Take action. Be a problem finder.

You do not need to find the ultimate solution to your problem immediately, but find the little things that lead to the cause of the problem.  What is contributing? Sometimes decisions and situations can be overwhelming and I totally get it.

One of my favorite ways to approach a problem is to think about it in this way. Even if you feel you cannot do something right now, or ever, if you could, how would you? Even if it seems too much to manage or completely out of reach, you still have the opportunity to think about how you would figure it out. And that is the beginning of personal responsibility and freedom.

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How to keep meal prep stress free and simple

Meal prepping is not for everyone but prepping in some form can help you relieve a whole lot of stress and make better decisions during the week.

I’ve been at both extremes, from having nothing prepped to having everything prepped for the week, and I can say from experience I am not a fan of either. Having nothing ready to go when I come home from a long work day is stressful but having two day old soggy vegetables in tupperware is far from appetizing. And I am a big believer that you should always enjoy the food you eat.

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I want to give you insight on how I found an in between way of meal prep, moderation meal prep if you will, that takes loads of stress off me during the week. Especially when the last thing I feel like doing is cooking or stopping to get food after work.

On Sunday, I prep part of my food at the same time. Here is an exact example from this past weekend.

I baked some chicken in the oven, lightly seasoned with salt, pepper and garlic powder.

I was feeling extra motivated and decided to make pork stuffed cabbage, that cooked in the crock pot all day long, to eat Sunday night. Simply rolling the pork mixture in cabbage leaves is enough to make me feel a bit fancy, as you can see by the top 3 images. You can get the recipe here.

When that was in the crock pot I chopped up the cabbage because I knew if I didn’t do it then, it would not get done.

While my cutting bored was out I imperfectly diced a couple sweet potatoes to easily pop in the oven to bake later in the week.

By this time my chicken was out of the oven and cooled. I diced it up and put it in a glass tupperware for salads, sandwiches, rice and chicken bowls, etc.

There ya go! I plan to have the left over pork/cabbage tonight and I will simply roast my sweet potatoes in the oven prior. Tomorrow I will will probably use some chicken for lunch, in form of a rice bowl, and for dinner in form of a salad.

For later in the week I also have:

  • frozen turkey burgers
  • already shredded brussel sprouts to roast
  • microwavable broccoli that I can add some butter and seasonings too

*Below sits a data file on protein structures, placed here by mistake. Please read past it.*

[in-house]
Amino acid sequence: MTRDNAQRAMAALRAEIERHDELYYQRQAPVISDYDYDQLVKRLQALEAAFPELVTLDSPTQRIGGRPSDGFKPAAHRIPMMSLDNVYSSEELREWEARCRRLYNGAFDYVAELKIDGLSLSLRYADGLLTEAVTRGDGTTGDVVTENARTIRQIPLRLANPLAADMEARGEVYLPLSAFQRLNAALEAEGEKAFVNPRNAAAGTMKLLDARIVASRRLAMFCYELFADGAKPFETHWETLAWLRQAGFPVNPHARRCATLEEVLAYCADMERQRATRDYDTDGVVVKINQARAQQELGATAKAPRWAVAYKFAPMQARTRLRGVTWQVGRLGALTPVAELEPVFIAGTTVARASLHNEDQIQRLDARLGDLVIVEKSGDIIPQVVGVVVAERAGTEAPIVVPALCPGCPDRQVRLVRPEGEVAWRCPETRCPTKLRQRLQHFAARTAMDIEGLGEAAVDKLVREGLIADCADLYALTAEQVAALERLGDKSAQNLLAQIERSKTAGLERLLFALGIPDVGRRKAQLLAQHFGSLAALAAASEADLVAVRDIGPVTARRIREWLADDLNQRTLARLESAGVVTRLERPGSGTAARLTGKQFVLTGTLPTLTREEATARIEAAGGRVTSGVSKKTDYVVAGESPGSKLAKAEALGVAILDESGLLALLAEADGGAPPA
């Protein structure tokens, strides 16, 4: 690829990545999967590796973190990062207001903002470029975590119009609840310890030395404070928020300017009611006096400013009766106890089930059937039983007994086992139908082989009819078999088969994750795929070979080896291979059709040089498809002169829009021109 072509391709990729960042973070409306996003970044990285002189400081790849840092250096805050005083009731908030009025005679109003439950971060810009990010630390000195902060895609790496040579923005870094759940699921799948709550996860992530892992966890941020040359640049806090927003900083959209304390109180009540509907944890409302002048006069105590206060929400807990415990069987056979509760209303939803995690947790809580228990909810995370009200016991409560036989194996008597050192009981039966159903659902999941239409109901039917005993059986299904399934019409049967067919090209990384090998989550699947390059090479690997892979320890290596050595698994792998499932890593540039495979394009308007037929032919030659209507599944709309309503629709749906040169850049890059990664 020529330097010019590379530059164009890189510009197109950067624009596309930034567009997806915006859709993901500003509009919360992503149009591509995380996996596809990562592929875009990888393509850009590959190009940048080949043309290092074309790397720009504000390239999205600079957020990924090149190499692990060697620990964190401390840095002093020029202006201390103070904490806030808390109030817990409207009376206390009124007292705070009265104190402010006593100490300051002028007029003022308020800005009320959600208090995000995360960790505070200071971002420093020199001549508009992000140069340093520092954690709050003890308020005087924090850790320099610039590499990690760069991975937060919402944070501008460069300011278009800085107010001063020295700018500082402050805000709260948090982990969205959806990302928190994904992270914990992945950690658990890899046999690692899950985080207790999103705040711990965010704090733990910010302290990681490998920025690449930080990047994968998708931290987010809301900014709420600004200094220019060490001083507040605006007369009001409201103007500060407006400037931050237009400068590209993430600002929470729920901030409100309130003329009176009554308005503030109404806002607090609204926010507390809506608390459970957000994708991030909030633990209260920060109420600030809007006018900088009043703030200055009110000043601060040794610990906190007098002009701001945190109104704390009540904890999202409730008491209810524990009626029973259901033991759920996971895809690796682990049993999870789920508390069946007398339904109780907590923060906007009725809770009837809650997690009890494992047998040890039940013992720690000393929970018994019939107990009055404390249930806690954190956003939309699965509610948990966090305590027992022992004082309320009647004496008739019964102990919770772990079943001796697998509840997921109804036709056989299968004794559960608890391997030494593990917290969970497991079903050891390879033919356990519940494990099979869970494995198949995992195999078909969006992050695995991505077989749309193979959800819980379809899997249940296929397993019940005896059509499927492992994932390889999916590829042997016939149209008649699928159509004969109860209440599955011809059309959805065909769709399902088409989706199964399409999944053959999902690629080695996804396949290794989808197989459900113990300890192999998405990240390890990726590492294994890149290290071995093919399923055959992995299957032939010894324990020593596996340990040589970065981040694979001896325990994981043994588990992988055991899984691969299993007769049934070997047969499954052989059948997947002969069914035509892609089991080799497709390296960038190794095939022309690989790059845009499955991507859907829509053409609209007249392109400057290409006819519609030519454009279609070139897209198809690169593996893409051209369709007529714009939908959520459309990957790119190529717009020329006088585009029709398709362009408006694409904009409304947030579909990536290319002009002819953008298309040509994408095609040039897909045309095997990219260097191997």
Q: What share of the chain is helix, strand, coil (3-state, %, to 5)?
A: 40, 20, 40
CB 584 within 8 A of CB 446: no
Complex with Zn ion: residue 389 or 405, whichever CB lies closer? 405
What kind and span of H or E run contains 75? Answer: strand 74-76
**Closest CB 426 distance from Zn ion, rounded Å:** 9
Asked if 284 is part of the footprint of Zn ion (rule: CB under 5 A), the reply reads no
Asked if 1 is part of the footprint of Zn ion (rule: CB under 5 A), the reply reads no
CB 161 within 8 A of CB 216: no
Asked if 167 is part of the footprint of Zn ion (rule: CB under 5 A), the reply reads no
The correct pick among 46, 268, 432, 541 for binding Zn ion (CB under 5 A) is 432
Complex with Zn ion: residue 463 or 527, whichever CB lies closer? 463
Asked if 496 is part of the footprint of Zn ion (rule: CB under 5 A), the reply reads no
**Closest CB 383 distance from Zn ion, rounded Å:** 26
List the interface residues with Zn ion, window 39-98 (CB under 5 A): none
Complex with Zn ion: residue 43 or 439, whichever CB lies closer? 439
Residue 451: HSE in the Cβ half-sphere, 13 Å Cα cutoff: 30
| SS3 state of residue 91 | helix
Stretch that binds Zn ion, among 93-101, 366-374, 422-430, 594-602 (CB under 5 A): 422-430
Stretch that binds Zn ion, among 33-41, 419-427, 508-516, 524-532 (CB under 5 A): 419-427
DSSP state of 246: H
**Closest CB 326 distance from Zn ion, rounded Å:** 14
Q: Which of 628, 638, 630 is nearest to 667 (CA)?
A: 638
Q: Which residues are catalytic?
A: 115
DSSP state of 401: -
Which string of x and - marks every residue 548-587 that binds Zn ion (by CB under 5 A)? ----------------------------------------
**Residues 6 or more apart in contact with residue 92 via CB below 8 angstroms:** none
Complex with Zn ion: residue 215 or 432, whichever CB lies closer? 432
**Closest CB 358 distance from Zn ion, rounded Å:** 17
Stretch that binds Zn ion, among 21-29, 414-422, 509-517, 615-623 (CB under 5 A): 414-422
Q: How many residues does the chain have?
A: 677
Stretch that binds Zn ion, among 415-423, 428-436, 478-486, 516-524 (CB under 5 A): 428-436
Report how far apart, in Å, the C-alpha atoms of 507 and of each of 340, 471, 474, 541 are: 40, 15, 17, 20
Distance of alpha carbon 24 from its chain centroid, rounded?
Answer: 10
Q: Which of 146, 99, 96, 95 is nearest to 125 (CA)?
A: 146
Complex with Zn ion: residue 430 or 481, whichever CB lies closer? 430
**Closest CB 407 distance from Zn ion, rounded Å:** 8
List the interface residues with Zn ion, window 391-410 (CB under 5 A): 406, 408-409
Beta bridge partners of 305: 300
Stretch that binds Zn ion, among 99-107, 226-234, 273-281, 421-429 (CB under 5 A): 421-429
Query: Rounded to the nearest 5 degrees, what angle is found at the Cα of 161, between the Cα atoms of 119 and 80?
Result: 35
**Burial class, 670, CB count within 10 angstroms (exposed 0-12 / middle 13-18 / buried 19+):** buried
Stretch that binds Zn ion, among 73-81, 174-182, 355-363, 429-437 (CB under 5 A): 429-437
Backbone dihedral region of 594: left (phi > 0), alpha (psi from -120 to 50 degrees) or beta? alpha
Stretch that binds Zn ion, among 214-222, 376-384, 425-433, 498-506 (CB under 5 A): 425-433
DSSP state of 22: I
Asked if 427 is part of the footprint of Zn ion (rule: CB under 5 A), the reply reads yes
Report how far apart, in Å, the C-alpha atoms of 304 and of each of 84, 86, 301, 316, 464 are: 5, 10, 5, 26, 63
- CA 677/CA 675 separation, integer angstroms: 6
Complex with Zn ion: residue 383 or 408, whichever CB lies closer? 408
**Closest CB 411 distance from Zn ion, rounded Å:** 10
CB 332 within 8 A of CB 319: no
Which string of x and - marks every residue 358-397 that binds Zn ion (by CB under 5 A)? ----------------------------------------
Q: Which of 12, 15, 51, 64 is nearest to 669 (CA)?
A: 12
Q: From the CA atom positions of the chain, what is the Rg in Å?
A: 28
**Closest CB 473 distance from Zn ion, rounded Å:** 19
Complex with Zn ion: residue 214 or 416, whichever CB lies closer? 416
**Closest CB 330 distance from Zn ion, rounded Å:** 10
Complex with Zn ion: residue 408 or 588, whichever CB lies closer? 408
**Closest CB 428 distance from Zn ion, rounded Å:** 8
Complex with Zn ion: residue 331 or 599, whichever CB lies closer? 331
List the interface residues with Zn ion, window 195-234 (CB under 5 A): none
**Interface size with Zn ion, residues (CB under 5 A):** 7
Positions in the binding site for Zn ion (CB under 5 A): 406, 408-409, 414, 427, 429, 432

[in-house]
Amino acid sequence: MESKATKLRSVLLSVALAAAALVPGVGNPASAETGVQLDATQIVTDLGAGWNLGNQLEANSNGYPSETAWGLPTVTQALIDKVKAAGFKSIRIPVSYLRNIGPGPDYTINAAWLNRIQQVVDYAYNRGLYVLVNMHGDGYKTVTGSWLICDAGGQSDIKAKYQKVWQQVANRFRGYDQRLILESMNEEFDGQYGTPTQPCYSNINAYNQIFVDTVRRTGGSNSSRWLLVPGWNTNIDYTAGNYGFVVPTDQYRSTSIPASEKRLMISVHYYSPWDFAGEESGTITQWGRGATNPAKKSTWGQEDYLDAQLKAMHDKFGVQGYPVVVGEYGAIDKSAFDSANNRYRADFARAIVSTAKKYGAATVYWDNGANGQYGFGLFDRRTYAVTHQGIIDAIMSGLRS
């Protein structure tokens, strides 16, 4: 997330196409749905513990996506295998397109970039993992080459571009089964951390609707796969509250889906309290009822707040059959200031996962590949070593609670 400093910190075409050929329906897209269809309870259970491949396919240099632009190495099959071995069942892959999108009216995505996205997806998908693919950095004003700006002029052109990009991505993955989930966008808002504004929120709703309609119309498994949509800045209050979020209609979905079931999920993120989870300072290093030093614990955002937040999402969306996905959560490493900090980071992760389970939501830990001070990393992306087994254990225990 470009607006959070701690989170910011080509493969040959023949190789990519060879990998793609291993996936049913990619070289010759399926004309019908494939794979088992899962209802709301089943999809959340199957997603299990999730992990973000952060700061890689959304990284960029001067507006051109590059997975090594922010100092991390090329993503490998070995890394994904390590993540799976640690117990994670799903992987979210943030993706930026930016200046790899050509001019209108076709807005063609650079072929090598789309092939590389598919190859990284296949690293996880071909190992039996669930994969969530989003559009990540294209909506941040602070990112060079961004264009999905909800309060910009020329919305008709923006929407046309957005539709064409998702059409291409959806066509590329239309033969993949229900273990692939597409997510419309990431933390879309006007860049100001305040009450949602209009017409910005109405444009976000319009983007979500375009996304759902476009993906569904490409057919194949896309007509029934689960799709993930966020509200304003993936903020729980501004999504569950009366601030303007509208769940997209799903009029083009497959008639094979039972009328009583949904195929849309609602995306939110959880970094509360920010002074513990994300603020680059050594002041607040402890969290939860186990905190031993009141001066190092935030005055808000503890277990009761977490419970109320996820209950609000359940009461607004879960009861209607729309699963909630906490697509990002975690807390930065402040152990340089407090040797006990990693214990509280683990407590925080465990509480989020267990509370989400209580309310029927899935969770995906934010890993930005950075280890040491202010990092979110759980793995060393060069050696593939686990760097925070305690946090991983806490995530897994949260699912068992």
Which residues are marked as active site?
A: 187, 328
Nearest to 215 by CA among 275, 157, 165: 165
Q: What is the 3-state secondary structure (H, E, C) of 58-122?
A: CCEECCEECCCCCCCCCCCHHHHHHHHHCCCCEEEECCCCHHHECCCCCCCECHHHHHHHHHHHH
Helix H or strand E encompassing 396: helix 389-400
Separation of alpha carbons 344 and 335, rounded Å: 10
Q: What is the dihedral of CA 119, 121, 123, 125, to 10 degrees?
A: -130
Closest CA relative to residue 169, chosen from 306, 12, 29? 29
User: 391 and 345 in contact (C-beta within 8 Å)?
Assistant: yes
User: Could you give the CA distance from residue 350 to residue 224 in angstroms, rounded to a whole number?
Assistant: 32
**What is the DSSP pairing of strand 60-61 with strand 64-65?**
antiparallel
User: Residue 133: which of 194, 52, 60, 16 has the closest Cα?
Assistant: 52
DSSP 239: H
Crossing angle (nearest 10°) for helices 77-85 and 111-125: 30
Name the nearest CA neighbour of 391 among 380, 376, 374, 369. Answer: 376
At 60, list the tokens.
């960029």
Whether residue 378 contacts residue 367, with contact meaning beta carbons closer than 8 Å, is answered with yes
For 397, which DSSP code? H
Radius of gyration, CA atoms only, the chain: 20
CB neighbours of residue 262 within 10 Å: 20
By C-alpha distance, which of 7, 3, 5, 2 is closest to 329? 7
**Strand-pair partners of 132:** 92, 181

• pre cooked brown rice
  • eggs for an egg and veggie scramble
  • protein bars, fruit, nuts, and chocolate for snacks.

I keep my prepping and cooking time to a minimum and also have back up options for quick go-to meals. If you find you are constantly making poor food choices, I highly encourage you to give it a try and find out what works for you. This is all part of my philosophy with YOUR Meal Design, which is a 30+ page guidebook to creating your,own, unique, rules, when it comes to eating, coming next month.To receive more information and to be notified when it is available, get on the wait list here.

Also, I would love to hear from you! Do you meal prep? And if so what is your plan?

 

5 morning rituals to boost your self confidence

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A random Saturday morning walk to get coffee. I <3 coffee!

From the moment our eyes open, we set our intentions for the day. More often than not the first though upon waking is in a form of not enough. It starts with not enough sleep and then translates to not enough time, money, workouts, or ultimately, not feeling good enough with who we are.

Whether we realize it or not, our morning thoughts and actions can help set the tone for the day, feeling scarce for everything or abundant with gratitude. I use to give myself 45 minutes to get ready for work and hit the snooze button 2 times minimum. I would rush to get dressed, inhale my coffee and breakfast and make it to work with minutes to spare. I didn’t have “enough” time. I was rushed. I was stressed. I felt busy but never productive.

It wasn’t until I realization that I had the power to *create* time for myself being rushed and stressed is more a mental game and perception. Once I started to create time I realized that I had more control than I thought, to create other meaningful parts of my life. Taking that kind of responsibility for yourself is pretty eye opening and empowering.

Over the past few years I have developed a morning ritual, that I simply love. It starts my day with thoughts that tell me I am enough, I have enough, and today will be enough. Here are 5 rituals I use most mornings of the week.

Side note: Don’t stress yourself out trying to do all 5 or try to mimic what I do. Create your, own, unique, rules when it comes to your morning ritual and try to spend just a few minutes implementing one thing and see how it changes your day. You can only do your best and your best may vary day to day.

Make your bed.

I love this advice from this commencement speech you can check out here.